Genomic Research: Unlocking the building blocks to tomorrow’s cures today
As part of a generous gift of $10 million from Hyundai Motor America, the Hyundai Cancer Institute at CHOC is conducting incredible genomic research using the very latest technology to better understand the cancers that occur in children and teenagers. Whole genome (DNA) sequencing of both tumor and non-tumor tissue and transcriptome (RNA) sequencing of tumor tissue is being conducted to identify the molecular profile of cancers occurring in pediatric and adolescent patients.
This sequencing is helping researchers determine the best drugs currently available to treat those cancers. These treatments can be used to extend life, increase survival, and improve the patient’s quality of life. Even if the tumor board is unable to identify a treatment that is available now, the information learned may be used to help researchers better understand what causes cancer and how it may be treated or prevented in the future. The research also provides scientists information on why some cancers become refractory (do not respond to therapy) or recurrent (come back after treatment).
Genomic Research and Cancer Treatment
The goal in the Cancer Institute is to collect tumor and non-tumor specimens from each and every child that is diagnosed with cancer at CHOC. At this time, specimens are not sequenced unless the child ‘s cancer is refractory or recurrent. The DNA and RNA is extracted from the tissues in the Molecular Laboratory at CHOC and sent to an off-site facility where the whole genome and transcriptome sequencing procedures are performed.
Once the sequencing is complete, the information is returned and analyzed by a multidisciplinary team of scientists including oncologists, cancer epidemiologists, cancer biologists and bioinformaticists. The goal of this specialized tumor board is to identify treatments that may be beneficial for the child or teenager with cancer based on the molecular profile of the cancer.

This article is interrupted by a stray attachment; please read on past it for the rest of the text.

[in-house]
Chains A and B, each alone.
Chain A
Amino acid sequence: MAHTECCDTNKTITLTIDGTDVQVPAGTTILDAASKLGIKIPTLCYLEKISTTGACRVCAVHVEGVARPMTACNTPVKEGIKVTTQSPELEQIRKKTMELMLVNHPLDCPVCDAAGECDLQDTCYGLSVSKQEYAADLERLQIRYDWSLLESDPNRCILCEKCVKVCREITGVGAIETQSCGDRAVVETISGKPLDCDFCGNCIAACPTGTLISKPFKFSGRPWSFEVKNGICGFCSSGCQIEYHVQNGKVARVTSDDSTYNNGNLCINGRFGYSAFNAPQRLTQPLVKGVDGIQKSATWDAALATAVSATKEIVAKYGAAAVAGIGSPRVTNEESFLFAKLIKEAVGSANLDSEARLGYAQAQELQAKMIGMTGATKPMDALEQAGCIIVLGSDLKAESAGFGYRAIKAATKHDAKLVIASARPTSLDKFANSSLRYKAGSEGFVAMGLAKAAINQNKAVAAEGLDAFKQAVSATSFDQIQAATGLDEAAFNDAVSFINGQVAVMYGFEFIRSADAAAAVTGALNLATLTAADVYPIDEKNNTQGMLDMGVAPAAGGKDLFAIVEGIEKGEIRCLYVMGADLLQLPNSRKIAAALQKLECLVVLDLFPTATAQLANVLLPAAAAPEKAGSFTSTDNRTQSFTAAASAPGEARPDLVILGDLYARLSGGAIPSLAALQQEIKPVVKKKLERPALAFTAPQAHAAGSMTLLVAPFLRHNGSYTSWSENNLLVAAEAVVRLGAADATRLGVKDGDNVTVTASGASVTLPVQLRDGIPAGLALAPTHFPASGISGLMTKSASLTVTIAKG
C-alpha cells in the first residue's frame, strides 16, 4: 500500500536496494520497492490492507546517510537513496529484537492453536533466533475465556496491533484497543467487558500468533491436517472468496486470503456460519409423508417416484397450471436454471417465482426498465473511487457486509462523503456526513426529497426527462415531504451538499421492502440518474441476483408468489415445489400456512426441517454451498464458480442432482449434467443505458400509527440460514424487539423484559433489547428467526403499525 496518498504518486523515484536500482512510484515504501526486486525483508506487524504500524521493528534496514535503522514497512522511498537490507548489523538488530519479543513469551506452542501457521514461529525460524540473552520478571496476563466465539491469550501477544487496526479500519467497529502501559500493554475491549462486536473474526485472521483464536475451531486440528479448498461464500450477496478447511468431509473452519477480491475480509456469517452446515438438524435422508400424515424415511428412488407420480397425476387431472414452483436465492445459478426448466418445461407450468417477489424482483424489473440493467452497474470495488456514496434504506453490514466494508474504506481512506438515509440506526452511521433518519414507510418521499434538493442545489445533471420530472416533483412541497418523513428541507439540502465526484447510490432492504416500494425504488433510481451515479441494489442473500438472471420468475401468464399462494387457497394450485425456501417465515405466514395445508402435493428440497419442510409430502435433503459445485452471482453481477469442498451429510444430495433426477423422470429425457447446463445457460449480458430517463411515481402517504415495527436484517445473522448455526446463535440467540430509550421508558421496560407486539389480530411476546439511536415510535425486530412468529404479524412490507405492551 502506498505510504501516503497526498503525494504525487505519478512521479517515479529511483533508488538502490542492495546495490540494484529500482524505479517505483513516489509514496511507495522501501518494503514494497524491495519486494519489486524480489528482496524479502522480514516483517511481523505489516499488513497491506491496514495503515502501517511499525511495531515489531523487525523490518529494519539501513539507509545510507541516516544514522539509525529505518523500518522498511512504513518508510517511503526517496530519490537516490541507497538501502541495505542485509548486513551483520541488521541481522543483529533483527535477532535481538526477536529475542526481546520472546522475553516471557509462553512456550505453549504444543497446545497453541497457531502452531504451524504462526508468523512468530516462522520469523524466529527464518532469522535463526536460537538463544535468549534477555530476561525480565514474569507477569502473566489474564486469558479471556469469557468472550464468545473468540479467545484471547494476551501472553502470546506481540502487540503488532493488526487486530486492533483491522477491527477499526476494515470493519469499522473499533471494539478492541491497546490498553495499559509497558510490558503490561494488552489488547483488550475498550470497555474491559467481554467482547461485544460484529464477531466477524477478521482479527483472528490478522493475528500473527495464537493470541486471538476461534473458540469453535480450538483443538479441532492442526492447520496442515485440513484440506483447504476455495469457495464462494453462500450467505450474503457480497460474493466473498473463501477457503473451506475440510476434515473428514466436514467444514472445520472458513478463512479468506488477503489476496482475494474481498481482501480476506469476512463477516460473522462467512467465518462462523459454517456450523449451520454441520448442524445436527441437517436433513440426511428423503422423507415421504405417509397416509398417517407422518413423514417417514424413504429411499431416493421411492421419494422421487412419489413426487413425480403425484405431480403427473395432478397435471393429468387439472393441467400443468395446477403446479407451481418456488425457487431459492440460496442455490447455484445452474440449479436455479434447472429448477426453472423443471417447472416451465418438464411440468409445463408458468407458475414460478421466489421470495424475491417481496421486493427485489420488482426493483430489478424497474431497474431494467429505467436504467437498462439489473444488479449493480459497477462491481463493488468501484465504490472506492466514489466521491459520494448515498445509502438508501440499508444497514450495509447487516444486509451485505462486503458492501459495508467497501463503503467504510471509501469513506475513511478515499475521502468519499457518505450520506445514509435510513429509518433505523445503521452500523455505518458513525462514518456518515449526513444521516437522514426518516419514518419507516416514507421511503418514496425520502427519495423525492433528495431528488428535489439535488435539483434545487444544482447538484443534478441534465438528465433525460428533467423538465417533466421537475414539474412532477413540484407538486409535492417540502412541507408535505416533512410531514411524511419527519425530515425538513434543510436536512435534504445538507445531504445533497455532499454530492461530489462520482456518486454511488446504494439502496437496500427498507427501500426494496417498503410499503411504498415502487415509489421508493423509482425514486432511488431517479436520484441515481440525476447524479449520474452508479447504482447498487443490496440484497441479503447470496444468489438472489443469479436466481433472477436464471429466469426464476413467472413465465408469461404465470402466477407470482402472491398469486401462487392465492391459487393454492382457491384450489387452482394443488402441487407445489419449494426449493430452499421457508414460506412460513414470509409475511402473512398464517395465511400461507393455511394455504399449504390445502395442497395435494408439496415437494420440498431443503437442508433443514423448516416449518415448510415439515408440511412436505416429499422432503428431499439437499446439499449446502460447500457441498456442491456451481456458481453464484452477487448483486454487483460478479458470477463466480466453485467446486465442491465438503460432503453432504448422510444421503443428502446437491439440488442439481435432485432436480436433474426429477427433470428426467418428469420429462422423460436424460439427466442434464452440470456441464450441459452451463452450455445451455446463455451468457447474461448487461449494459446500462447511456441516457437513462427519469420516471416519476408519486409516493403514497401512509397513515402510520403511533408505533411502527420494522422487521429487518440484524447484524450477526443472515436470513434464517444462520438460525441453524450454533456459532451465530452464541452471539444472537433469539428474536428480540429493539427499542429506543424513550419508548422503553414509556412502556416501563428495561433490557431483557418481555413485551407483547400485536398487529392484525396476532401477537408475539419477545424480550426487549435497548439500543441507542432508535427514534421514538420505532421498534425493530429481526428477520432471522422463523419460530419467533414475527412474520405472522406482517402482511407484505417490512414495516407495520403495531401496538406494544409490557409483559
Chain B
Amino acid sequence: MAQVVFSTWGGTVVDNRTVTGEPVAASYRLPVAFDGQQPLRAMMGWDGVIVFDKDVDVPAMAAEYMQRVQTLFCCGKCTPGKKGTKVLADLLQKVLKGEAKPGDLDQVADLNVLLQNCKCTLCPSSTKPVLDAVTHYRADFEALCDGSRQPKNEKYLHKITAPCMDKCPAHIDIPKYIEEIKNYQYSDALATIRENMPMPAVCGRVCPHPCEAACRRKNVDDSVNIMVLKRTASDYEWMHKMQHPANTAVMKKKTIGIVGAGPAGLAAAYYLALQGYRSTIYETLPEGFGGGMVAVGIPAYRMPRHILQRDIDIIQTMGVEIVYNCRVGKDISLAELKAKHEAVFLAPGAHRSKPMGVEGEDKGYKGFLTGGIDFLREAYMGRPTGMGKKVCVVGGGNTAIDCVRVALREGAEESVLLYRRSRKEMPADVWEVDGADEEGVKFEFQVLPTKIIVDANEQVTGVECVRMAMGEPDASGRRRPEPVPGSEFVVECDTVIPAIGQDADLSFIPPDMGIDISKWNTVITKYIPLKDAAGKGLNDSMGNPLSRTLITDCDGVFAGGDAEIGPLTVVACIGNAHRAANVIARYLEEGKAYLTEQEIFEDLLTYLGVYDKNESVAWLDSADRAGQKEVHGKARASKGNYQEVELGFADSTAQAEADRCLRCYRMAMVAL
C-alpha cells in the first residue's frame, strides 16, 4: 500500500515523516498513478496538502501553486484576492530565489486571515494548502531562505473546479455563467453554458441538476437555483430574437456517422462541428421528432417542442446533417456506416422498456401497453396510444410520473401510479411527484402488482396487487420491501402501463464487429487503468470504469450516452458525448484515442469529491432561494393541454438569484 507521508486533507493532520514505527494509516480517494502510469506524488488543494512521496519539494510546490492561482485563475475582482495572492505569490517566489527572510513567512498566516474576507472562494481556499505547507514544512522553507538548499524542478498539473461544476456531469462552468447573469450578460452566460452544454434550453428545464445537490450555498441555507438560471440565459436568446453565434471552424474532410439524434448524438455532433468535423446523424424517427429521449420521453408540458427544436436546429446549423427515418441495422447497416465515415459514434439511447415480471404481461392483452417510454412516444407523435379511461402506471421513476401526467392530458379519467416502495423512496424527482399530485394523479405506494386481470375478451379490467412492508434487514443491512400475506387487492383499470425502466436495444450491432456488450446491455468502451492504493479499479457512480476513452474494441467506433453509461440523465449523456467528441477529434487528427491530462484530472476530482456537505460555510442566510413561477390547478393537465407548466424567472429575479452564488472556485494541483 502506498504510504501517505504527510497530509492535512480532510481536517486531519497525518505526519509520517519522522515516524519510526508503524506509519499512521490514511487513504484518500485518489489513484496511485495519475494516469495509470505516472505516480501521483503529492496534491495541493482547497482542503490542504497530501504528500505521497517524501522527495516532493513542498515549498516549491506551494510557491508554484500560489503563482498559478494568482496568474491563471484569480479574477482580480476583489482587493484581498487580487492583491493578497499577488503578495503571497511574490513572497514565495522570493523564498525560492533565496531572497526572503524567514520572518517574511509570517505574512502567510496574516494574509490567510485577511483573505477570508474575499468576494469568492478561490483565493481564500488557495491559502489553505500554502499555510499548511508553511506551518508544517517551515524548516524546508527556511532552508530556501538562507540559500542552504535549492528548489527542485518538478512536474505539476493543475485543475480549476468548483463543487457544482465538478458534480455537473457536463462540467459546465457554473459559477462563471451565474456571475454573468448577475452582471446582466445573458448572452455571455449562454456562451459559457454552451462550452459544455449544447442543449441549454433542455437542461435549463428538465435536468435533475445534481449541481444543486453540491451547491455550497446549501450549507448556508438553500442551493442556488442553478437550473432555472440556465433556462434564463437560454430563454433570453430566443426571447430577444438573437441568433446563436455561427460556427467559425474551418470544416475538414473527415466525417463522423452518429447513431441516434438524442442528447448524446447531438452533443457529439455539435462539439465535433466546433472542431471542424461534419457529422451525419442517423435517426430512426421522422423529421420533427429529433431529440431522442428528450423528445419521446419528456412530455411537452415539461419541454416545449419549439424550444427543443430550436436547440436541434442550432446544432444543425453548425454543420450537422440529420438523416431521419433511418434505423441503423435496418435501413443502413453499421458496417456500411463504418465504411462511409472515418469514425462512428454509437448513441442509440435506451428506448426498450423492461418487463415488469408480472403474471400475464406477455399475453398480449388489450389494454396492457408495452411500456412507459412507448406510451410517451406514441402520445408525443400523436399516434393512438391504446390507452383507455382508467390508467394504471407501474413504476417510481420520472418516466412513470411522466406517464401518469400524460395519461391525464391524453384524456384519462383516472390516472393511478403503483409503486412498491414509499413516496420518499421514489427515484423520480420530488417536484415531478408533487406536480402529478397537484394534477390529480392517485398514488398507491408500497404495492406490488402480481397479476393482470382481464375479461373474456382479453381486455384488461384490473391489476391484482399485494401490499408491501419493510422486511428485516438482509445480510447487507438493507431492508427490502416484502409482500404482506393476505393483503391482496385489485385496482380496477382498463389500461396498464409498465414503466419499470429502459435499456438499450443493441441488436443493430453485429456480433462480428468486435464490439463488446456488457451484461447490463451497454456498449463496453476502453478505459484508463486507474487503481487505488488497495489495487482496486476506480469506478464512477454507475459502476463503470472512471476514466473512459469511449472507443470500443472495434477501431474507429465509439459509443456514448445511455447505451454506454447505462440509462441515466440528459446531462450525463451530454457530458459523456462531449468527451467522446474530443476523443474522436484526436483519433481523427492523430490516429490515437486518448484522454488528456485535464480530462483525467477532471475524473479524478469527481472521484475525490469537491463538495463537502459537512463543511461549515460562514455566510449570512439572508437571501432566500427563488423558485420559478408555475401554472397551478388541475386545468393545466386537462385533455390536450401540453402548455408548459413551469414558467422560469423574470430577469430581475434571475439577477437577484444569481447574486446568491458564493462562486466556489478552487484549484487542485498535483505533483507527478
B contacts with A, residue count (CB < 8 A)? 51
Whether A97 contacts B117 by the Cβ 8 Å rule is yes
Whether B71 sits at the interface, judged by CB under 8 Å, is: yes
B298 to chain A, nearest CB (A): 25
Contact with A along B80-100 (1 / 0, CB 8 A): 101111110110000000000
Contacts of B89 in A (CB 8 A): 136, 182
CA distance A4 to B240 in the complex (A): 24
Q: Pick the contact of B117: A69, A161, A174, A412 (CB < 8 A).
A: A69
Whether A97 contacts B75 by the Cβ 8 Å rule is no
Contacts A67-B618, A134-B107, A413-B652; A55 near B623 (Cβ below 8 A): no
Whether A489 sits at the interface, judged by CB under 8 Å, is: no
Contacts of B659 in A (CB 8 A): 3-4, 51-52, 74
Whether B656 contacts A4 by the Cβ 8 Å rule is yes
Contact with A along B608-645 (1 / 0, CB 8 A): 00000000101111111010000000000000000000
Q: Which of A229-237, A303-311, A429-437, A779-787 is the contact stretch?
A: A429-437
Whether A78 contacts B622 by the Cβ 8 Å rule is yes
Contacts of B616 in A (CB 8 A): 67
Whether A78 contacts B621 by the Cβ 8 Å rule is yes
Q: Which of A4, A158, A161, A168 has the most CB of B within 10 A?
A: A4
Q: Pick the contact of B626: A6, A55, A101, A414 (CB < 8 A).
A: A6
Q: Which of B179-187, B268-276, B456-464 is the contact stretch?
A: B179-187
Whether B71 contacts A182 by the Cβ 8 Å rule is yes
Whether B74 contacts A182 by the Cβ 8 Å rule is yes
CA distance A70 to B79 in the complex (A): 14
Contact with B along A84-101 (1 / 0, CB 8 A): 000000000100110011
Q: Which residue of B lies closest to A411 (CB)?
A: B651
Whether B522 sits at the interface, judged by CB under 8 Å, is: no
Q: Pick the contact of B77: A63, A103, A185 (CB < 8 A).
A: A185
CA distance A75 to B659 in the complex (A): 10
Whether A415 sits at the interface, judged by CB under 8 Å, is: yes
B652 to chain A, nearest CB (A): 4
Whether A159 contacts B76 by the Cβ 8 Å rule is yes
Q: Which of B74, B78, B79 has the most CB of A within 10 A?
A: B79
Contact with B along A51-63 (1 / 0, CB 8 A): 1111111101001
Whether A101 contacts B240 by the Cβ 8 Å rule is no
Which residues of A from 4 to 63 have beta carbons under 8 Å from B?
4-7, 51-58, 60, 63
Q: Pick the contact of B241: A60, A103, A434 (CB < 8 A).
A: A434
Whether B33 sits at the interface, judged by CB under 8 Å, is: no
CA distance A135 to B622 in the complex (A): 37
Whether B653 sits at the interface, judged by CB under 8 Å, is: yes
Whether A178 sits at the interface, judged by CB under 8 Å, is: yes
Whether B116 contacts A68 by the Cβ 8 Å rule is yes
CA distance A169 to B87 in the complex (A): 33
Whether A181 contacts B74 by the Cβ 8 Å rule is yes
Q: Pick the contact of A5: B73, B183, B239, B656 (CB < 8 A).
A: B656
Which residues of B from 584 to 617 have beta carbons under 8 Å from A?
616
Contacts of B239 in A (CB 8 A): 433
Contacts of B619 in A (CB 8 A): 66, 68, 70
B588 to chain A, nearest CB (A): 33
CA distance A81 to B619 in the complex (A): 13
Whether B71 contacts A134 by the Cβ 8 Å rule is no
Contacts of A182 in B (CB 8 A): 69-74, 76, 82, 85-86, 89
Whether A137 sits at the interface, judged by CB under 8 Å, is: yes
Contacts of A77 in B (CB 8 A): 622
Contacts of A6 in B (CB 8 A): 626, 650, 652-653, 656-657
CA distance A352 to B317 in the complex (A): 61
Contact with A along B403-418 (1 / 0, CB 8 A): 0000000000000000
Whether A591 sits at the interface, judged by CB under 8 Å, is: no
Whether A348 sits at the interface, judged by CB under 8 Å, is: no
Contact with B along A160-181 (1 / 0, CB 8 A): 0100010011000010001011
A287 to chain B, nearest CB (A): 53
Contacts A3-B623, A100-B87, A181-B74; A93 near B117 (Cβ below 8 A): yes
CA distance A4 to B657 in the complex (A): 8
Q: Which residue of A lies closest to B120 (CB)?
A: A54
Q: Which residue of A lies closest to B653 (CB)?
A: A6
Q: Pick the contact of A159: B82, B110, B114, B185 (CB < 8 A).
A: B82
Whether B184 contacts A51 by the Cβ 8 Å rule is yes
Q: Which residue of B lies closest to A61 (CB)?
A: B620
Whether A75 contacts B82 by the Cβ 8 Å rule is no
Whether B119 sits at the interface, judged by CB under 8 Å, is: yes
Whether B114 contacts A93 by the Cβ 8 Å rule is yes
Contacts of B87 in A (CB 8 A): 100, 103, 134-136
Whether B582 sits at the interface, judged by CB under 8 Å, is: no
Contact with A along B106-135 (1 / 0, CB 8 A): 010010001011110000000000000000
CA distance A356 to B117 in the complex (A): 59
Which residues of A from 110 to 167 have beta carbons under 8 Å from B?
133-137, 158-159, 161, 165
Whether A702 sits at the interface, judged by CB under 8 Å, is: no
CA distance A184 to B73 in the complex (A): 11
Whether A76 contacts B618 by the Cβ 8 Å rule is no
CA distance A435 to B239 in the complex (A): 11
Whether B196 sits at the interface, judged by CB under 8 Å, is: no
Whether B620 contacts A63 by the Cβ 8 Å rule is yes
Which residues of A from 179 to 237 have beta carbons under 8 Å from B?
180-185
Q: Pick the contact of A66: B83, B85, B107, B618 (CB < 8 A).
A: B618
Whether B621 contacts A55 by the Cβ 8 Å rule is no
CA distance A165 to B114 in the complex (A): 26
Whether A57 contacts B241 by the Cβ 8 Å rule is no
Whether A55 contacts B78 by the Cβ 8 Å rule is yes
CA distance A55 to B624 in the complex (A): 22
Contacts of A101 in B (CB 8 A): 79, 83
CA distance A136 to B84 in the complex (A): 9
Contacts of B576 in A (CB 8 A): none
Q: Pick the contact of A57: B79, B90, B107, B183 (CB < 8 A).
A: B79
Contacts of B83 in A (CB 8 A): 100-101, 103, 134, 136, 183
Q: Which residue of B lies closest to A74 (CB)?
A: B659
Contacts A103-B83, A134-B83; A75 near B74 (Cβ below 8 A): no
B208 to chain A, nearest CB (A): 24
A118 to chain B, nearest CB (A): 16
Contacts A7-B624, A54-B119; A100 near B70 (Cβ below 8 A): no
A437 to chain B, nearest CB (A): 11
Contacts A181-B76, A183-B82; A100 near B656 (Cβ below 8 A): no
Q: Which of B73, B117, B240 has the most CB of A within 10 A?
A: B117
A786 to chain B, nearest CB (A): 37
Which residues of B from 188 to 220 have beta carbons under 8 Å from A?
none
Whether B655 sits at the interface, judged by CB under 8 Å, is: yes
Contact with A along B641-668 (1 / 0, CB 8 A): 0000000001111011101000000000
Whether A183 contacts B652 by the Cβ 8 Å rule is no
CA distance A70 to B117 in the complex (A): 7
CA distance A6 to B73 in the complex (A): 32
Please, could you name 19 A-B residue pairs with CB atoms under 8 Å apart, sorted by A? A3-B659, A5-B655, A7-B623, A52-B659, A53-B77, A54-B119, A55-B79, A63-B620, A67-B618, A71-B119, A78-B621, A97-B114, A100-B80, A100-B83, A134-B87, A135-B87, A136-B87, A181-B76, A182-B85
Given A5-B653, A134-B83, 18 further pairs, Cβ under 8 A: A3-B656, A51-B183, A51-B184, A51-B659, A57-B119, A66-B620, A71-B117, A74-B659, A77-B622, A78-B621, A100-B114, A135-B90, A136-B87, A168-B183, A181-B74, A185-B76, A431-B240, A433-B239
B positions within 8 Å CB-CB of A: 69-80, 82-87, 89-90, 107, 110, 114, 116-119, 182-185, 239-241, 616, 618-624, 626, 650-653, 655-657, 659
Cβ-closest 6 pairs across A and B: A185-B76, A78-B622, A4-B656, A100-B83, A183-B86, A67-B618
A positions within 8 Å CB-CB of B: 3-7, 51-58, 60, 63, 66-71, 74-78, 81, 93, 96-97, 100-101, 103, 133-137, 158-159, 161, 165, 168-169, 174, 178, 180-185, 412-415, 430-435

The Science of Genomic Research
Deoxyribonucleic acid (DNA) is a large molecule present in each cell of most living organisms that contains the instructions needed by every cell to function. In humans, the DNA molecule contains roughly three billion base pairs that are divided into 20,000 to 25,000 functional units called genes. By determining the order of the base pairs, researchers can identify genetic variations (mutations) that may be responsible for a child’s cancer. Usually, more than one mutation must be present before a cell becomes malignant (cancerous) and the presence of a mutation does not automatically mean that it will cause cancer.
In this very specialized form of cancer research, the DNA from the tumor is compared with the DNA from the non-tumor to identify the differences and help researchers identify what make the cancer cells special. The DNA is also compared with the reference human genome to determine if the differences seen are expected (normal variation) or unexpected (potentially disease-causing). Mutations that are known to cause cancer are also evaluated.
There are many different types of ribonucleic acid (RNA), which is different than DNA. RNA are much smaller molecules that carry out the instructions present in the DNA. By studying each patient’s RNA, researchers can tell which genes are working, which genes are not working and which genes are not working as expected (such as working too much or not enough).